Vol 29, Issue 11 Print Issue

The Freshman 30

The House chamber below a mostly empty gallery during the final days of the special session on June 27, 2011.
The House chamber below a mostly empty gallery during the final days of the special session on June 27, 2011.

No matter how the elections swing, one thing is certain about the 83rd legislative session: There will be a lot of new faces.

A fifth of the House — 30 members — is retiring or running for another office. Add to that another 30 who will only be serving their second year and you have a lower chamber — without even counting the possible incumbents who will be defeated in primary or general elections — in which at least 40 percent will be freshman or sophomore legislators.

The crop of retiring lawmakers means a void of leadership on key committees in the House. At least six will be looking for new chairmen: Criminal Jurisprudence (Rep. Pete Gallego, D-Alpine, is running for Congress), Judiciary (Rep. Jim Jackson, R-Dallas, is stepping down), Redistricting (Rep. Burt Solomons, R-Carrollton, is stepping down), Elections (Rep. Larry Taylor, R-Friendswood, is running for state Senate), Agriculture (Rep. Rick Hardcastle, R-Vernon, is stepping down) and Corrections (Rep. Jerry Madden, R-Plano, is stepping down). Two key vice chairmen are looking for new jobs — on Education, Scott Hochberg, D-Houston, who is regarded by both parties as an expert on school finance, and Joaquin Castro, D-San Antonio, who quickly established himself as an important voice on higher education.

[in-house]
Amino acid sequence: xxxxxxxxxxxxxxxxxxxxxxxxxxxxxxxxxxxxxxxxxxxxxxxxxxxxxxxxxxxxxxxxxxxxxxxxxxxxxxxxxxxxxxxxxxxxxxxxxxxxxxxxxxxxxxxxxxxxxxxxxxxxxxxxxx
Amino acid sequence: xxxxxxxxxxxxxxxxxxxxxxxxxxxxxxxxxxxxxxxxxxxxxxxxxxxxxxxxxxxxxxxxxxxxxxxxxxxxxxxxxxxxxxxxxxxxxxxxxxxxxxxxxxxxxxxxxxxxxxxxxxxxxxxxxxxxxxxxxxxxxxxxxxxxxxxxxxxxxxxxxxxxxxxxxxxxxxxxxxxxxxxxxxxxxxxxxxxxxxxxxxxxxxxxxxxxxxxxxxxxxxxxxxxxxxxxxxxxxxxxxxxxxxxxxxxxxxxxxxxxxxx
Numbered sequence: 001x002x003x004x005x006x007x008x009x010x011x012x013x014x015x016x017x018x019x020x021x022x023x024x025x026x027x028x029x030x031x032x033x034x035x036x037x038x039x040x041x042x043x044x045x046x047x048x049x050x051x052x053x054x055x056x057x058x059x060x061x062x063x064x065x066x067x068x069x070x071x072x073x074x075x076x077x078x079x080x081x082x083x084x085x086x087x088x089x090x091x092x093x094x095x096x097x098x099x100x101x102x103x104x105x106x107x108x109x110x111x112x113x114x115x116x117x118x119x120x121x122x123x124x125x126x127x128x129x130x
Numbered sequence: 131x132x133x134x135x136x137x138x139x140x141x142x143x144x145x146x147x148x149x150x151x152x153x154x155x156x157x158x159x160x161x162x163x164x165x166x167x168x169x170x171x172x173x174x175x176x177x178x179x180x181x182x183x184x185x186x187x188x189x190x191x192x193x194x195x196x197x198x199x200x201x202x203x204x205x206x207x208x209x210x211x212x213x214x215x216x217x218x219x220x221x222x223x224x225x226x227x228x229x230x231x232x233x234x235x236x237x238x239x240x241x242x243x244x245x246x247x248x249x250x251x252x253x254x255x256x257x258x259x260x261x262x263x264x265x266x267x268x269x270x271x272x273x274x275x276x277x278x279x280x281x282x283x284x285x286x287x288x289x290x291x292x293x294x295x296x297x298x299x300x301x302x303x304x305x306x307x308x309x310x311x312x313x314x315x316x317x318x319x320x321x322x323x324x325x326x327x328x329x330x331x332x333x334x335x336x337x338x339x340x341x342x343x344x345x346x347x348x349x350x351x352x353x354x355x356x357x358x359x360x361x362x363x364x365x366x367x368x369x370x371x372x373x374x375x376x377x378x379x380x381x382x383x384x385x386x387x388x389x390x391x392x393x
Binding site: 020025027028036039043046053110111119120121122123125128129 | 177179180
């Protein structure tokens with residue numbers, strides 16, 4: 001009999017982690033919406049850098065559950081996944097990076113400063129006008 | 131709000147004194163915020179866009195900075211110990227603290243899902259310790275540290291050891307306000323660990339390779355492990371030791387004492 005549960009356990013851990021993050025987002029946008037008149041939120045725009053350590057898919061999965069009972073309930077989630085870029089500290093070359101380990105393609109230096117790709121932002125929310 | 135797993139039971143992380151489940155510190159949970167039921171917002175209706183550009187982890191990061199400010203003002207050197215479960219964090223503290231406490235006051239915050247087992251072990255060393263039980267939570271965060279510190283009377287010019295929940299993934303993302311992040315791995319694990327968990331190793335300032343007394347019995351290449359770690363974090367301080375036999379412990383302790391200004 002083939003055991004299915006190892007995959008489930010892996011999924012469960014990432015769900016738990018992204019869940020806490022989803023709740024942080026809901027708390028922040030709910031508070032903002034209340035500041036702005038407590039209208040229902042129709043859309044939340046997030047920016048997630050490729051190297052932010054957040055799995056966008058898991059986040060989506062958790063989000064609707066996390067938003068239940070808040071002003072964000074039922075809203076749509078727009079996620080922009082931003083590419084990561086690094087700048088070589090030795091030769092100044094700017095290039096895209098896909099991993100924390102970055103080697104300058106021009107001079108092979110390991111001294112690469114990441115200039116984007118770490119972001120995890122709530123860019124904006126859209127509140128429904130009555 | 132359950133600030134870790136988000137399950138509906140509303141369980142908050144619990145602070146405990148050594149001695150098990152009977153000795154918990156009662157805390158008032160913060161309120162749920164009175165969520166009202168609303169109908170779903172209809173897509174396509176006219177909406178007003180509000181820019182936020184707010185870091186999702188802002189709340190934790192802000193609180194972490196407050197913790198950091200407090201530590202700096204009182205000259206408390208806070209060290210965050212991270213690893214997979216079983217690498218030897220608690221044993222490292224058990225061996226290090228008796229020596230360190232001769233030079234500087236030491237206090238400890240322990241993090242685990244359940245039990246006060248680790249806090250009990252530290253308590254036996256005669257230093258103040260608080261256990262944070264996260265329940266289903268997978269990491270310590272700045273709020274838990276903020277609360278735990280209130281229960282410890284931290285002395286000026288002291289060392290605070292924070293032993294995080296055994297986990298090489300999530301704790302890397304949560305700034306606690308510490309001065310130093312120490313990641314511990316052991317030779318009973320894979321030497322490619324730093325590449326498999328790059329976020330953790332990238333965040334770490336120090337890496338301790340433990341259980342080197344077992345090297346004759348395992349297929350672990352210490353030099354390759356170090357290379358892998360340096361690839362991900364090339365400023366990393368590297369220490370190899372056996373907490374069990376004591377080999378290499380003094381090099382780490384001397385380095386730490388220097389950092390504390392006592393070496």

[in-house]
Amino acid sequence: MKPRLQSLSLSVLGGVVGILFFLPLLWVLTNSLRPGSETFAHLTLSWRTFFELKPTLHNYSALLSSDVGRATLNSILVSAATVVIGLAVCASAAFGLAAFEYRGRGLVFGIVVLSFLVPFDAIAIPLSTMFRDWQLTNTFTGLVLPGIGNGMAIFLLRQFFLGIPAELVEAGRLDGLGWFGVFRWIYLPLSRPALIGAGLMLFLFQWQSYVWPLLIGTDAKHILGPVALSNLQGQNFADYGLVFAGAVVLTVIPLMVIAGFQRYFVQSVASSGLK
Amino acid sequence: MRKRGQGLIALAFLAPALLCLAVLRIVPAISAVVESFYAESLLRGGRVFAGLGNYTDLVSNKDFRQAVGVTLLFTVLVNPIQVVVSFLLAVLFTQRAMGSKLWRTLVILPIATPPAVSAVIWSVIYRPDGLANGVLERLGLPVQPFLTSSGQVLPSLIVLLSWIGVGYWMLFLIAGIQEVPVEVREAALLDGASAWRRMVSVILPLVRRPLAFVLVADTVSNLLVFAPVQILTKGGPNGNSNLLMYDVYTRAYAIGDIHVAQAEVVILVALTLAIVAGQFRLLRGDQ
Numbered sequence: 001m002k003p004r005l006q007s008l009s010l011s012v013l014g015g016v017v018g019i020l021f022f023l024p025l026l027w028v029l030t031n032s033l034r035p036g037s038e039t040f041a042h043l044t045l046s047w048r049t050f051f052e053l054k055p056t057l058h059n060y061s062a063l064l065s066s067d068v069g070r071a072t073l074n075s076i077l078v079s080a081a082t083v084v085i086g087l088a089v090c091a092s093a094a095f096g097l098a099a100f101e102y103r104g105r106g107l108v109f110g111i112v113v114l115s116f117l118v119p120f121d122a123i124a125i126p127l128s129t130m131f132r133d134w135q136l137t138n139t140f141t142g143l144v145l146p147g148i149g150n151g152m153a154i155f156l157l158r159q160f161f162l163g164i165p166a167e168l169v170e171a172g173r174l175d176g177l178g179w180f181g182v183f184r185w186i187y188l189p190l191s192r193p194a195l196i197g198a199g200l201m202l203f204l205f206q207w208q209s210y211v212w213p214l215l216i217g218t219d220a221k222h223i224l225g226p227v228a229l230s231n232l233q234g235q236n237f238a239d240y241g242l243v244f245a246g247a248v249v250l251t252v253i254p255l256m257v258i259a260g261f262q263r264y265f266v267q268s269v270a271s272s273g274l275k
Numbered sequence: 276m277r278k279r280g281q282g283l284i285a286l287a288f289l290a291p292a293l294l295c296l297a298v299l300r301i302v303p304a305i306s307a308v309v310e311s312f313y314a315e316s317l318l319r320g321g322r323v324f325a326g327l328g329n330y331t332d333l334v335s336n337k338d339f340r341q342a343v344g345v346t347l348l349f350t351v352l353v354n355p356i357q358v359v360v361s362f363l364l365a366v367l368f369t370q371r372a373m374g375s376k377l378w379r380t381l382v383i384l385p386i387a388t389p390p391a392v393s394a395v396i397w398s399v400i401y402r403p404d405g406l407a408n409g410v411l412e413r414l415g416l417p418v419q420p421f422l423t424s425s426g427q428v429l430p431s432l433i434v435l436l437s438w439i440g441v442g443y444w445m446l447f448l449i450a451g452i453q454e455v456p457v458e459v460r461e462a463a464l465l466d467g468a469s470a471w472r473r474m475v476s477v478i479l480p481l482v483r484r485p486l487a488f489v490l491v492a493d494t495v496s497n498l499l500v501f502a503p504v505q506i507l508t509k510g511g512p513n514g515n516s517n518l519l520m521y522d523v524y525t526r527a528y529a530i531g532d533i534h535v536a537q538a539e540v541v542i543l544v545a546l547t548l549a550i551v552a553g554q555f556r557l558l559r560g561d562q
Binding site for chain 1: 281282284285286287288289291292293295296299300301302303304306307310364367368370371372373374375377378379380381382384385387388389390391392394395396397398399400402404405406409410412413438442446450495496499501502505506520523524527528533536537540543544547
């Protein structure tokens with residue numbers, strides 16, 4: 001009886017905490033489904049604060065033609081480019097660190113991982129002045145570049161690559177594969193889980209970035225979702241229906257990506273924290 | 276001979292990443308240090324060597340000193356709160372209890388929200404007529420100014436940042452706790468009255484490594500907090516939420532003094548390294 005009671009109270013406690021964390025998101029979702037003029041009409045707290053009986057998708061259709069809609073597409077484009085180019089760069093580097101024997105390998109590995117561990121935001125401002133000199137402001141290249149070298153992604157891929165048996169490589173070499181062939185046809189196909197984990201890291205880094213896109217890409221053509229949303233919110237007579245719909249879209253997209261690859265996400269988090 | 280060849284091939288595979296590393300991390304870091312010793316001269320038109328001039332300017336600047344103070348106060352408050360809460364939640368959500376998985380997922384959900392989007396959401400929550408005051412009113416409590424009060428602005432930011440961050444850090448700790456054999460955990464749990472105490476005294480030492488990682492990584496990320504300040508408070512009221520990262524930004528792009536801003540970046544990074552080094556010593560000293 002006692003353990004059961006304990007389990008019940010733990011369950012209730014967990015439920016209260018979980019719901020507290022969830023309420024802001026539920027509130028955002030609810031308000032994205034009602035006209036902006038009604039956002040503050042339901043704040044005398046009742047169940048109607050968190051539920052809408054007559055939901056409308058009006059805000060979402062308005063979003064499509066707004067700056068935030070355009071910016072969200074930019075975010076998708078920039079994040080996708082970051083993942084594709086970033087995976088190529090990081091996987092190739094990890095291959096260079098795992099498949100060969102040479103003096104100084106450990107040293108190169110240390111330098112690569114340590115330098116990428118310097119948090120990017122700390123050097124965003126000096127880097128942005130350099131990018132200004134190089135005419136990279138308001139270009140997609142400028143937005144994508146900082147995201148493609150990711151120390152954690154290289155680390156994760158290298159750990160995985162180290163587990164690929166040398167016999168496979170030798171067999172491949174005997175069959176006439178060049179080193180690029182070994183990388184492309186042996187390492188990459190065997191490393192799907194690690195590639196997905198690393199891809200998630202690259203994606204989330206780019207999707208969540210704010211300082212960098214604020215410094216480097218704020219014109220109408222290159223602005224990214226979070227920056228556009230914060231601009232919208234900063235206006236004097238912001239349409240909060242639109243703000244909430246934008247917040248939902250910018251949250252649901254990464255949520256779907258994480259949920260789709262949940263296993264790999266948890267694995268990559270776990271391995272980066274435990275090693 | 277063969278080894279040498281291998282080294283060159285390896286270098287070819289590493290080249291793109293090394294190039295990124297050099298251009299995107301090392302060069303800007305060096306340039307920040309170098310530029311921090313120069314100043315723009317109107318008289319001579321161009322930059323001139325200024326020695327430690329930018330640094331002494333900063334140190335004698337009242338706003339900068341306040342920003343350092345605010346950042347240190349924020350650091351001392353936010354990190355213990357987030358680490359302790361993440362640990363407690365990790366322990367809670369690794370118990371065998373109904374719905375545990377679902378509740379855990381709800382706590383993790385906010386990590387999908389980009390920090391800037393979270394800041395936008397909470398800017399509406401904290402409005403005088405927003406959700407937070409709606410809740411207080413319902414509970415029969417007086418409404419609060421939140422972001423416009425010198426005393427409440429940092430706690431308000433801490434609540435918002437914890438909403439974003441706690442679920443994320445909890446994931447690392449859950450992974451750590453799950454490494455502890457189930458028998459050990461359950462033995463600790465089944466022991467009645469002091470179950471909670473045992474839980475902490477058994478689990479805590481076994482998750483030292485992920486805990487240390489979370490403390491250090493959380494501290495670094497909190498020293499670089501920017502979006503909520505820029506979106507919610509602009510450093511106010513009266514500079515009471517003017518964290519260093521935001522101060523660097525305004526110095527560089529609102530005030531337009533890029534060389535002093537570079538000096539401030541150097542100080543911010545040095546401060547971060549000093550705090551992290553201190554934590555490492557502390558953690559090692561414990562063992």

In the upper chamber, four senators aren't coming back. Each of them is a committee chair: Florence Shapiro, R-Plano, on Education; Steve Ogden, R-Bryan, on Finance; Chris Harris, R-Arlington, on Jurisprudence; and Mike Jackson, R-La Porte, on Economic Development.

Two regional delegations — El Paso and the Rio Grande Valley — will also have mostly fresh blood.

 

Rep. Joe Pickett, D-El Paso, will be the elder statesman of a five-member delegation that will return at least two sophomores and at least one freshman. In her third term, Rep. Marisa Marquez could rank in seniority behind Pickett if she outlasts her primary challenger Aaron Barraza.

Rep. InocenteChenteQuintanilla, who has held his seat since 2003, is seeking a post as county commissioner. After ousting long-time member Norman Chavez in 2010, freshman Rep. Naomi Gonzalez, 33, is unopposed for her second term. Former Rep. Joe Moody hopes to return as the delegation’s second sophomore, challenging Rep. Dee Margo, the group’s only Republican, who beat Moody in a close race in 2010. If Margo is successful, he will be the group’s other sophomore.

The Rio Grande Valley delegation will also likely send several new representatives to Austin — Reps. Veronica Gonzales, D-McAllen, and Aaron Peña, R-Edinburg have decided they had enough. If he can withstand challenger Alex Dominguez, longtime member Rene Oliveira, D-Brownsville, will remain the delegation’s senior member.

Rep. Eddie Lucio III, D-San Benito, is unopposed as he seeks his fourth term, while freshman lawmaker Sergio Muñoz, Jr., D-Palmview, who replaced longtime member IsmaelKino” Flores in 2010, is unopposed and will return as a sophomore.

Freshman lawmaker J.M. Lozano, R-Kingsville, made headlines earlier this month when he switched over to the Republican Party. But after being celebrated for the move by the state’s leadership, Lozano quickly drew two primary opponents, Bill T. Wilson and former Ingleside Mayor Willie Vaden.

If he can withstand that challenge, he also faces a tough general election battle. Former Rep. Yvonne Gonzalez Toureilles, D-Alice, decided to run the day after Lozano announced his switch.